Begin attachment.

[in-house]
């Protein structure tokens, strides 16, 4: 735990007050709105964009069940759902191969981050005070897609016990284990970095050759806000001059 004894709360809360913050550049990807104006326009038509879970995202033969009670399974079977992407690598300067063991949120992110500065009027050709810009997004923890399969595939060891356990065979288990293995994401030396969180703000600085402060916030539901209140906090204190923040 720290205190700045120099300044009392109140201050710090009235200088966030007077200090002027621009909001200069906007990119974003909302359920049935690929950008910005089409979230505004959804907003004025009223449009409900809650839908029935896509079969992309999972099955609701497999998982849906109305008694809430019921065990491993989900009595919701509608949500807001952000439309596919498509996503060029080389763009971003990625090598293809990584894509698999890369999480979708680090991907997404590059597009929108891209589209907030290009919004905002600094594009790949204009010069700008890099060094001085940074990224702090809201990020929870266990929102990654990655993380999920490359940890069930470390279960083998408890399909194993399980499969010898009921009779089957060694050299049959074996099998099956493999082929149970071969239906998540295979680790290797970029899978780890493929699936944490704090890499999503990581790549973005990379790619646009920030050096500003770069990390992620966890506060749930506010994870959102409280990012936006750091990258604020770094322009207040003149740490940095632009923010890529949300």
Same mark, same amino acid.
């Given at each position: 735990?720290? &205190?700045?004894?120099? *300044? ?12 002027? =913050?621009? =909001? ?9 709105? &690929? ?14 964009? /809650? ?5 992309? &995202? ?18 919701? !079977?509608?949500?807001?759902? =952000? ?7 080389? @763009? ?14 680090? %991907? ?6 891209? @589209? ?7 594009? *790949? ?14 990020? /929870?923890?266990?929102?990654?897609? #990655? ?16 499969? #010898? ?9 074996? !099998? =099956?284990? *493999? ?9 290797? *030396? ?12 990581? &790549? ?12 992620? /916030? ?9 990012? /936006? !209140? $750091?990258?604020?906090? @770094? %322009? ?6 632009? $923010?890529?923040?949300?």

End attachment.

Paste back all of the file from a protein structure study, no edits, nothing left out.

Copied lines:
[in-house]
């Protein structure tokens, strides 16, 4: 735990007050709105964009069940759902191969981050005070897609016990284990970095050759806000001059 004894709360809360913050550049990807104006326009038509879970995202033969009670399974079977992407690598300067063991949120992110500065009027050709810009997004923890399969595939060891356990065979288990293995994401030396969180703000600085402060916030539901209140906090204190923040 720290205190700045120099300044009392109140201050710090009235200088966030007077200090002027621009909001200069906007990119974003909302359920049935690929950008910005089409979230505004959804907003004025009223449009409900809650839908029935896509079969992309999972099955609701497999998982849906109305008694809430019921065990491993989900009595919701509608949500807001952000439309596919498509996503060029080389763009971003990625090598293809990584894509698999890369999480979708680090991907997404590059597009929108891209589209907030290009919004905002600094594009790949204009010069700008890099060094001085940074990224702090809201990020929870266990929102990654990655993380999920490359940890069930470390279960083998408890399909194993399980499969010898009921009779089957060694050299049959074996099998099956493999082929149970071969239906998540295979680790290797970029899978780890493929699936944490704090890499999503990581790549973005990379790619646009920030050096500003770069990390992620966890506060749930506010994870959102409280990012936006750091990258604020770094322009207040003149740490940095632009923010890529949300």
Same mark, same amino acid.
């Given at each position: 735990?720290? &205190?700045?004894?120099? *300044? ?12 002027? =913050?621009? =909001? ?9 709105? &690929? ?14 964009? /809650? ?5 992309? &995202? ?18 919701? !079977?509608?949500?807001?759902? =952000? ?7 080389? @763009? ?14 680090? %991907? ?6 891209? @589209? ?7 594009? *790949? ?14 990020? /929870?923890?266990?929102?990654?897609? #990655? ?16 499969? #010898? ?9 074996? !099998? =099956?284990? *493999? ?9 290797? *030396? ?12 990581? &790549? ?12 992620? /916030? ?9 990012? /936006? !209140? $750091?990258?604020?906090? @770094? %322009? ?6 632009? $923010?890529?923040?949300?």